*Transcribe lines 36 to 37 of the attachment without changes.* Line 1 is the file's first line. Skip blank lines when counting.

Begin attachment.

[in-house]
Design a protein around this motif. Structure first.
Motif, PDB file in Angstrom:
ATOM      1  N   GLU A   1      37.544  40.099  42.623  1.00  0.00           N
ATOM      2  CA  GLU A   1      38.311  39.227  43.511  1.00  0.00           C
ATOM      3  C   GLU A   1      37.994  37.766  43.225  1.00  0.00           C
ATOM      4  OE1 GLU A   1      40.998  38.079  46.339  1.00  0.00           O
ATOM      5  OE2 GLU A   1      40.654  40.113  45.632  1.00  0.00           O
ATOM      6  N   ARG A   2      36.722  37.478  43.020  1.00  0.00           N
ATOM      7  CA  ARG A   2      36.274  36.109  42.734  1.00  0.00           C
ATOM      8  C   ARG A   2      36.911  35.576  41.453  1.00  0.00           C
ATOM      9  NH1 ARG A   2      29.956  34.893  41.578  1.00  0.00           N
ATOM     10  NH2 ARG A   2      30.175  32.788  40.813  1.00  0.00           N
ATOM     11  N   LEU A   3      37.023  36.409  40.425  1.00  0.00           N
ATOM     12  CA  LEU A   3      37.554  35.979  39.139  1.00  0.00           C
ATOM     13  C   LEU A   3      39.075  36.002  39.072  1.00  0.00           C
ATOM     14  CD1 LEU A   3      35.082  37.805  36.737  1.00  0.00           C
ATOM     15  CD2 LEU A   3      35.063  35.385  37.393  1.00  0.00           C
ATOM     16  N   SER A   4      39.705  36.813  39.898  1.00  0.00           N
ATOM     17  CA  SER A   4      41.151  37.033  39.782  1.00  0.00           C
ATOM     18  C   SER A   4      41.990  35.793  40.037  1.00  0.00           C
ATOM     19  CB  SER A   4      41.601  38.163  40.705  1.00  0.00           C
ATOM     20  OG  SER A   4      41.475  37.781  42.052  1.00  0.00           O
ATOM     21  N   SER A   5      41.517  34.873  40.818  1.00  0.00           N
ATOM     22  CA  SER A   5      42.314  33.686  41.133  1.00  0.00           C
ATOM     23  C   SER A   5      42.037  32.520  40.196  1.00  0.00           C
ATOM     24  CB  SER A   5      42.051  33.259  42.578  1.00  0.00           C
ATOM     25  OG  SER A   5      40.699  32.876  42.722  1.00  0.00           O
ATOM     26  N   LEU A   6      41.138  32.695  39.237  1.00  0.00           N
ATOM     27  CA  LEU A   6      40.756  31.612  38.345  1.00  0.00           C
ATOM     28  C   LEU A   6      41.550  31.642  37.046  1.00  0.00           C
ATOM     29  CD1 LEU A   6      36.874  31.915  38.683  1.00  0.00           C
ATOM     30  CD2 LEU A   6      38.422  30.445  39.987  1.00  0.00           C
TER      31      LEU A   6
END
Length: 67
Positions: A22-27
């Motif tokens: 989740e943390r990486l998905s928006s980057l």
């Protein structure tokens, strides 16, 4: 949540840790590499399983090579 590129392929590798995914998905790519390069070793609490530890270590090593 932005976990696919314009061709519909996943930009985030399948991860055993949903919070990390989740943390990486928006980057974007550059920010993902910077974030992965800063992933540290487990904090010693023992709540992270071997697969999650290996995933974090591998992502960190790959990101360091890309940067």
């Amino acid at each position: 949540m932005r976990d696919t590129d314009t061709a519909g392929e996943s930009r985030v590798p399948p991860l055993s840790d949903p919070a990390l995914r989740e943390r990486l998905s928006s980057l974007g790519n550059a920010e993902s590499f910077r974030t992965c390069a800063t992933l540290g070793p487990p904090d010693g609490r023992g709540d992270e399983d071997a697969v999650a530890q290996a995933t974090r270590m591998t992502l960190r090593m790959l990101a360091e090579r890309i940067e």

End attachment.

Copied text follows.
Length: 67
Positions: A22-27